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23. July 2015

 

I recently ran into a bit of a challenge and the work around wasn’t entirely obvious so I’ve decided to share the process here.  The XNA Game Studio install includes a couple of tools, the XACT audio tool being specifically what I was after.  Unfortunately to install XNA you need to first have Visual Studio 2010 or Visual Studio 2010 Express installed.  As that version of VS is getting increasingly dated, this is going to be an issue for many.  Fortunately there is a work around.

 

First download the XNA installer here.  The file is called XNAGS40_setup.exe

 

Now open a command prompt ( possibly with admin privledges ) and CD to directory containing the file you downloaded.

Run the command:

XNAGS40_setup.exe /x

You will now be prompted where to extract:

image

Click OK

This will create a couple files, the most important being redists.msi, run this file ( just type redists.msi and [enter] at the command line, or double click in Explorer ).

 

This will in turn create a directory structure in Program Files ( or Program Files x86 on 64bit Windows ) called Microsoft XNA.

Close the command prompt and navigate to that folder in Windows Explorer then open XNA Game Studio\v4.0\setup:

image

Run xnags_shared.msi then xnags_platform_tools.msi, both are simple installers,  take default options if asked.

Now if you check the folder XNA Game Studio/v4.0 you should see that all of the tools you need have been installed in the Tools directory:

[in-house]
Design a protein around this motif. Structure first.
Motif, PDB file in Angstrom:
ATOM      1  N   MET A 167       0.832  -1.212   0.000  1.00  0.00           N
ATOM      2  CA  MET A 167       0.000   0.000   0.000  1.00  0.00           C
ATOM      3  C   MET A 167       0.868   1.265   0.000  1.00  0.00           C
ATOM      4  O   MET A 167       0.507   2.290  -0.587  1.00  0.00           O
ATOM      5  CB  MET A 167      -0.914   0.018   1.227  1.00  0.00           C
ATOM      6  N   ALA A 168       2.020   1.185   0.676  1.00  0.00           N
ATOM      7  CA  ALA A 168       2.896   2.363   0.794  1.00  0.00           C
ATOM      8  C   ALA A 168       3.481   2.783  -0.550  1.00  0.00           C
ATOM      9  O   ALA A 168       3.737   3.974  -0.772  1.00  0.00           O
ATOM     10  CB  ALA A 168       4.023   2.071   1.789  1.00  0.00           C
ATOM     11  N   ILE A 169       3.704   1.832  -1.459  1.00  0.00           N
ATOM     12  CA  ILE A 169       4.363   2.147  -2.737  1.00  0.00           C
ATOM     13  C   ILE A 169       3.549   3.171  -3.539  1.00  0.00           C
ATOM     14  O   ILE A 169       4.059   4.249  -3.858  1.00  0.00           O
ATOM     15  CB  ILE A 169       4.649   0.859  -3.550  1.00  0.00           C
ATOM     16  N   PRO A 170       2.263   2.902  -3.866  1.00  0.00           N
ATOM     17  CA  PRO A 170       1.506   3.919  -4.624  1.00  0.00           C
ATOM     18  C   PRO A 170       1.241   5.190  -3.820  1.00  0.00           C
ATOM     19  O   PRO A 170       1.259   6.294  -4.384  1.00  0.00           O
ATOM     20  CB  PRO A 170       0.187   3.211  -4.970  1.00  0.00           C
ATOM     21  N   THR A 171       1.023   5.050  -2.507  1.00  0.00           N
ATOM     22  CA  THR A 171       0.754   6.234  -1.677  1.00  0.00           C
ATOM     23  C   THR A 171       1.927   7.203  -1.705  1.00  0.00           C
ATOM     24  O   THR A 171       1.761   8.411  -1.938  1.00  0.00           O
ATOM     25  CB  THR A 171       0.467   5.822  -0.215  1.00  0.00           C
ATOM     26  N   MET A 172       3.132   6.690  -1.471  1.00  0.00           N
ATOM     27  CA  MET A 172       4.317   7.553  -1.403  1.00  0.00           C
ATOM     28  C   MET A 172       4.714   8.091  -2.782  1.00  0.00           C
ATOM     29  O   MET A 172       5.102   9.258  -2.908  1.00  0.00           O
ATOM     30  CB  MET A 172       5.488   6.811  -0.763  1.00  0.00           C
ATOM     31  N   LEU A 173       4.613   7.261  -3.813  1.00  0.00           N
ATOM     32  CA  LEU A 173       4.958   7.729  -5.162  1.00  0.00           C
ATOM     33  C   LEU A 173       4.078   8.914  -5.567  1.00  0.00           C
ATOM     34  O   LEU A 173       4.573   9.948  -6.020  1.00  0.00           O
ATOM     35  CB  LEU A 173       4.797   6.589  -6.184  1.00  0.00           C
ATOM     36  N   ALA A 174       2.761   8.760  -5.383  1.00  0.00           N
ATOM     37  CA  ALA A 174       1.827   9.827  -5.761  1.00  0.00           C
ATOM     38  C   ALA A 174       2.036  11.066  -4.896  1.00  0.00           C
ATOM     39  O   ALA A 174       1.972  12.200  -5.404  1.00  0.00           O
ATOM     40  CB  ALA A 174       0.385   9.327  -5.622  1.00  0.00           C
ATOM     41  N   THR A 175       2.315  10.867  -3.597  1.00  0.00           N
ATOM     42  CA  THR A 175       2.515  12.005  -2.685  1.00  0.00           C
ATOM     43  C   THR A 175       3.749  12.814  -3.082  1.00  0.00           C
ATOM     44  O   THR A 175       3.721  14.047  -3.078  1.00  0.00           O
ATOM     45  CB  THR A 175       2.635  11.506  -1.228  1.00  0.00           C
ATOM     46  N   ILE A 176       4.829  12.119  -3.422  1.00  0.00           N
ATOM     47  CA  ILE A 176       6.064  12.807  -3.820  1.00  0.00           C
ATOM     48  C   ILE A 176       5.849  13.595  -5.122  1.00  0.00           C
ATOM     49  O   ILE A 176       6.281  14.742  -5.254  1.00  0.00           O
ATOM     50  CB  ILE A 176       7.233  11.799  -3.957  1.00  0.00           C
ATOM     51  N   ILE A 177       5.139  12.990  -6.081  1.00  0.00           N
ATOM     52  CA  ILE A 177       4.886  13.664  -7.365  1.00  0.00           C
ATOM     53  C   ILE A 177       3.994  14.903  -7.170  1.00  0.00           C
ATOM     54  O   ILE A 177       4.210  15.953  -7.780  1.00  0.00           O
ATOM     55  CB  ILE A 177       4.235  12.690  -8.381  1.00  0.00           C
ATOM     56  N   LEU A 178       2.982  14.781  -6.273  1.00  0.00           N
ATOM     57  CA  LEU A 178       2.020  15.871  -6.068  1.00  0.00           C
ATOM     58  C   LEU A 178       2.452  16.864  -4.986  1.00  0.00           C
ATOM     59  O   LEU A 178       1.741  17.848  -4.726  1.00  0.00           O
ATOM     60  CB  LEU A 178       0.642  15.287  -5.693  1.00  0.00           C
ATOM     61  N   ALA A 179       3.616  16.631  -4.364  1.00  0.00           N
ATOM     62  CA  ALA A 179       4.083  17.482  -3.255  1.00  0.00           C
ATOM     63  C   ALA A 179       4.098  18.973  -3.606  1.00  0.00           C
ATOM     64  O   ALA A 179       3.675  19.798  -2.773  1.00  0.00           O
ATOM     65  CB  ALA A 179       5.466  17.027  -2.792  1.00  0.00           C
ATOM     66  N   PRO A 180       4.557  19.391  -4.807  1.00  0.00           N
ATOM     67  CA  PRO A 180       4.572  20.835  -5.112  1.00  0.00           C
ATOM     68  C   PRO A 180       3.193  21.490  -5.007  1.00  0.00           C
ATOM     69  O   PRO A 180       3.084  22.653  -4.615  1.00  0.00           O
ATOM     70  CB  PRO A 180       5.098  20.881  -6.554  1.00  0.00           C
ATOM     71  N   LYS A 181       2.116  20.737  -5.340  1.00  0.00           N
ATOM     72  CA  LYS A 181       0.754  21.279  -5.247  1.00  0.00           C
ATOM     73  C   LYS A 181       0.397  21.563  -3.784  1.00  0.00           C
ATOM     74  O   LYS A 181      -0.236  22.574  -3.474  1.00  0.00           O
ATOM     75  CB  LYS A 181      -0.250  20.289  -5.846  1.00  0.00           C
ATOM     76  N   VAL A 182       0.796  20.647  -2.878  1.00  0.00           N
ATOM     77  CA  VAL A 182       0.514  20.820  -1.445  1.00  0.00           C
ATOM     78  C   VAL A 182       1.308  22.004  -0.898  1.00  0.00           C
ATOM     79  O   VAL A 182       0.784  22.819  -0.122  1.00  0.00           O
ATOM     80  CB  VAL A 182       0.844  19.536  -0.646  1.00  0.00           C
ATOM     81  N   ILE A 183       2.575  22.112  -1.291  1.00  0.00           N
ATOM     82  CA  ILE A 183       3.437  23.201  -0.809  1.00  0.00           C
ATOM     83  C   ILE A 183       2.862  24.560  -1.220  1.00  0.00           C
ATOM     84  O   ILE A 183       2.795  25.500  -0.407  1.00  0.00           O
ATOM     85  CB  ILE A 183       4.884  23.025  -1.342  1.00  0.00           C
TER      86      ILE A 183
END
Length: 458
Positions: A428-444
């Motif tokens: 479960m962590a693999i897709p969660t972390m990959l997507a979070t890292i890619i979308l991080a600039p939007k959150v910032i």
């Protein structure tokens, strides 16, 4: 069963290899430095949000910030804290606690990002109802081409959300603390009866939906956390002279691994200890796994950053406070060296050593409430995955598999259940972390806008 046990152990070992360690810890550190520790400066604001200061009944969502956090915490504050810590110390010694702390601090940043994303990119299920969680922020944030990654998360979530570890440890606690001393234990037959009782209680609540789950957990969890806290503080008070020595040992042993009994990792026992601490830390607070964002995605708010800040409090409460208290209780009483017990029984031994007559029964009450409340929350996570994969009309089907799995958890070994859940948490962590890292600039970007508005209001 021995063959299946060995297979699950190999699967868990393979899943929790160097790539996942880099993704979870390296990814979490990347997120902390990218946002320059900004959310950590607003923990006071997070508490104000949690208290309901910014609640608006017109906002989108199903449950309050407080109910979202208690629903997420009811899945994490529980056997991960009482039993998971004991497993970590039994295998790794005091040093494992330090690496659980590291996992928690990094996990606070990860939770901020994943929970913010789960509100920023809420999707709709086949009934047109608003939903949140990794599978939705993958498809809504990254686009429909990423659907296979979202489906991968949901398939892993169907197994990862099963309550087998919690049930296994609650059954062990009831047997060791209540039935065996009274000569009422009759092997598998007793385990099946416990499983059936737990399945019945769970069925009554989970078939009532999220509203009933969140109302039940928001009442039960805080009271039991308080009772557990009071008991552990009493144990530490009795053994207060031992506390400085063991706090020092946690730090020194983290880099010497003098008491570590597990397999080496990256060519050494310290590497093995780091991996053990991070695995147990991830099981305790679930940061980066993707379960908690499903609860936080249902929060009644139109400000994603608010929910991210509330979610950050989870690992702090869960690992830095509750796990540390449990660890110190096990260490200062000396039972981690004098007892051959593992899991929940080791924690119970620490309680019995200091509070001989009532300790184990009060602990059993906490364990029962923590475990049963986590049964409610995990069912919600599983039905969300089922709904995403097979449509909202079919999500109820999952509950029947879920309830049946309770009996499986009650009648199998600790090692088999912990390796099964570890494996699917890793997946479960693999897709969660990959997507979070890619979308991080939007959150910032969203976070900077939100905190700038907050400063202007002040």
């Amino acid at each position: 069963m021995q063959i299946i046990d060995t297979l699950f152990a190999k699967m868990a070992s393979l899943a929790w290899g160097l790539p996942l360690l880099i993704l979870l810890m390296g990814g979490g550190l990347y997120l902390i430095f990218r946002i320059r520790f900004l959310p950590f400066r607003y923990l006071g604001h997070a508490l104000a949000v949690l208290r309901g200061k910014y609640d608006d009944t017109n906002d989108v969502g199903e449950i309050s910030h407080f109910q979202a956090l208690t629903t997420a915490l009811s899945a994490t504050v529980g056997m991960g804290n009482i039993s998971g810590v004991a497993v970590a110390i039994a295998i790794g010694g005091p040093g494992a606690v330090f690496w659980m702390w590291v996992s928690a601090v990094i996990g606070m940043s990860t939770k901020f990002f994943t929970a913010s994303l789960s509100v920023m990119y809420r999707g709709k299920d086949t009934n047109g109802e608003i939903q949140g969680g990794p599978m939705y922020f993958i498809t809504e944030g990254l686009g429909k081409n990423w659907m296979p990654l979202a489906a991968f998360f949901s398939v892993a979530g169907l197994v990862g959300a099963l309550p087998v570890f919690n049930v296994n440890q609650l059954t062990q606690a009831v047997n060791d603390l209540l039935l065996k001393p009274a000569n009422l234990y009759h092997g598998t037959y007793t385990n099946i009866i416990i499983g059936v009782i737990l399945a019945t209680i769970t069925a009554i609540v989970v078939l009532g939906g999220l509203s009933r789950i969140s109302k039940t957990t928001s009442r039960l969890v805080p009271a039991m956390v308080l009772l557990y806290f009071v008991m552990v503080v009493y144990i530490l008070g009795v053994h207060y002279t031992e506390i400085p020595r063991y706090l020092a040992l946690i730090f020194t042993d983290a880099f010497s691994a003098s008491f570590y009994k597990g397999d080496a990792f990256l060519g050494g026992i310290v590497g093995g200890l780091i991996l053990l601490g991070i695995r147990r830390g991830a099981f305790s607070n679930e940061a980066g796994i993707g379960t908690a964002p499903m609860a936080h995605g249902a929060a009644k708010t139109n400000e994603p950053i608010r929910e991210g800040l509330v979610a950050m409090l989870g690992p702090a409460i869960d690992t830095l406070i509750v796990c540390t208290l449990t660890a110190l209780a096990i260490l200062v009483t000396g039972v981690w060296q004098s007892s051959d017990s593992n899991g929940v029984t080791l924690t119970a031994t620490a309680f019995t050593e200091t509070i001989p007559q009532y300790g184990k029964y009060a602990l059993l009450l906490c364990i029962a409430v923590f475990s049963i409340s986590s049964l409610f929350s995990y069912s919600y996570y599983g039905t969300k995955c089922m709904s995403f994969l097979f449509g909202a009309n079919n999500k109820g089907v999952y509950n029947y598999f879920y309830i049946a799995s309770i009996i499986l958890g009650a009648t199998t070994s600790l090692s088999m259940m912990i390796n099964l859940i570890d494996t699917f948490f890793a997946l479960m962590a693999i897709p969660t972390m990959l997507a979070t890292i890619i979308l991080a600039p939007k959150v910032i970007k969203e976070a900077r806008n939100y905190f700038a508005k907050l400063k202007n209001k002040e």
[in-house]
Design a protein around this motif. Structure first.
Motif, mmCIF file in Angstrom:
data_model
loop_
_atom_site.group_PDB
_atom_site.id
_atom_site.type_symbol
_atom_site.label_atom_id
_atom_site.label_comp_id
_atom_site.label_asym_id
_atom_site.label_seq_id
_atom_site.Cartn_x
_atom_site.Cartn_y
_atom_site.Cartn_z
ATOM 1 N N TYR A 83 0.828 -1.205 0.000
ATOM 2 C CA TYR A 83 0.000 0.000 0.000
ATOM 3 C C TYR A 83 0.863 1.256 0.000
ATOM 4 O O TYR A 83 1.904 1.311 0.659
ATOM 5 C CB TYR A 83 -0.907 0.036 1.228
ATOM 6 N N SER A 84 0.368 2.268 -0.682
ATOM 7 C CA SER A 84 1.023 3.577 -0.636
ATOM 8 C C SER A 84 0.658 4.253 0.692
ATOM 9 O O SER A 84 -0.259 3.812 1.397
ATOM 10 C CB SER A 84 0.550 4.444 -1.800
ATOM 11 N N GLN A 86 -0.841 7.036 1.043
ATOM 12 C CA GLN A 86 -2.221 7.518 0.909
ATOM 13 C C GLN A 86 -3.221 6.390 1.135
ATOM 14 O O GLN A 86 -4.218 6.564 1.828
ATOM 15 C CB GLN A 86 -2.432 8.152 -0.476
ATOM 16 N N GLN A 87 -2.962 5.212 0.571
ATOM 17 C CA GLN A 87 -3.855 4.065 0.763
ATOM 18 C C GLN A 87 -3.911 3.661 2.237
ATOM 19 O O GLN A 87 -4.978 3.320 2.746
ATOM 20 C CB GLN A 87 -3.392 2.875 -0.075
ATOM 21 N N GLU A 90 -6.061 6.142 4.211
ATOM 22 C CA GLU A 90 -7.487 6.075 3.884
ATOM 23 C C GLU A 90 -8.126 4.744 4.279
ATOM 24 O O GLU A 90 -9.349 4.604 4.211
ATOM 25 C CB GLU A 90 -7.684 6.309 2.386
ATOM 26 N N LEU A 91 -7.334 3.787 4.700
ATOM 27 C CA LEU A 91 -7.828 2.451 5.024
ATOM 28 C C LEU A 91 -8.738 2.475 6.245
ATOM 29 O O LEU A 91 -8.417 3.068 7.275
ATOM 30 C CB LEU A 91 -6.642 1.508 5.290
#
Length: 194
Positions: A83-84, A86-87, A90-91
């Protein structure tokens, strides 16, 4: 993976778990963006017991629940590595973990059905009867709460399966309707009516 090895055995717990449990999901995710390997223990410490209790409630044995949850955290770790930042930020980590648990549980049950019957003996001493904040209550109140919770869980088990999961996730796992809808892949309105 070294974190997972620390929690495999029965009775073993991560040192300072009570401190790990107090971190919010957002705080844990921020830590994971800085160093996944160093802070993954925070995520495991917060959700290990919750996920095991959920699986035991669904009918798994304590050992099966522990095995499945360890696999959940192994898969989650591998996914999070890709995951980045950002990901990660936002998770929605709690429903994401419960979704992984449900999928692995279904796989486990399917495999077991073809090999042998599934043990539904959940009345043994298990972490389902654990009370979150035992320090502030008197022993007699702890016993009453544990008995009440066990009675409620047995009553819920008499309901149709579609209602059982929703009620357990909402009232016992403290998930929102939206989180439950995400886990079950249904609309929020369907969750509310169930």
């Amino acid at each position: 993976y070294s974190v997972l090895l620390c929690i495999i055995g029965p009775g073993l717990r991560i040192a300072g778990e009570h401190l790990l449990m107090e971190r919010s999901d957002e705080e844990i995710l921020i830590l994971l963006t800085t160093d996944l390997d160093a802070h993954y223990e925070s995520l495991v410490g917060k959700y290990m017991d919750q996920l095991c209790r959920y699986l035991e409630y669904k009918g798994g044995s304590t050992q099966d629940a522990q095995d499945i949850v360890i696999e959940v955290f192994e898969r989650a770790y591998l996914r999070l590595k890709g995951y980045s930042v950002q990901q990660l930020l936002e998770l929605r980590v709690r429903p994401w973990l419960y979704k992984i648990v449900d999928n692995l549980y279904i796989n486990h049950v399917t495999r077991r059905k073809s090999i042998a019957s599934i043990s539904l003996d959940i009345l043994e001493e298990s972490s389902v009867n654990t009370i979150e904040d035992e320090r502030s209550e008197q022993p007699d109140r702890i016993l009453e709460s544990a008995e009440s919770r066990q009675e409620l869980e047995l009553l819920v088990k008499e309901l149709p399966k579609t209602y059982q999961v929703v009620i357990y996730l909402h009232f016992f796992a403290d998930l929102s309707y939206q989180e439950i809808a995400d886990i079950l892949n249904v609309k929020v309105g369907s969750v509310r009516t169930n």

image

Programming General


13. June 2015

 

This is a topic that seems to cause some degree of confusion, especially among new game developers.  We often here the terms “game library”, “game framework” and “game engine” but what is the difference, where does one end and the next begin?  This post attempts to explain the difference as clearly as possible.  It’s important to note, there isn’t a hard and fast definition for each term, basically the meaning prescribed to each is formed by the most popular usage.  I suppose that’s true with most modern words.

 

Library

A library is simply put a collection of code and data intended for reuse.  Libraries are often compiled binaries, such as DLLs, but don’t have to be.  Plenty of JavaScript libraries exist for example, while entire template libraries in C++ are pure code.  In game development terms, a library generally is a collection of code for performing tasks from a specific domain.  For example, playing audio, performing physics, handling input.

Gamedev examples of libraries include FMOD, RakNet, Box2D or Assimp.

There can be some ambiguity here, as FMOD for example contains some tools and calls itself “middleware”, while Box2D refers to itself as an “engine”, both are still essentially libraries.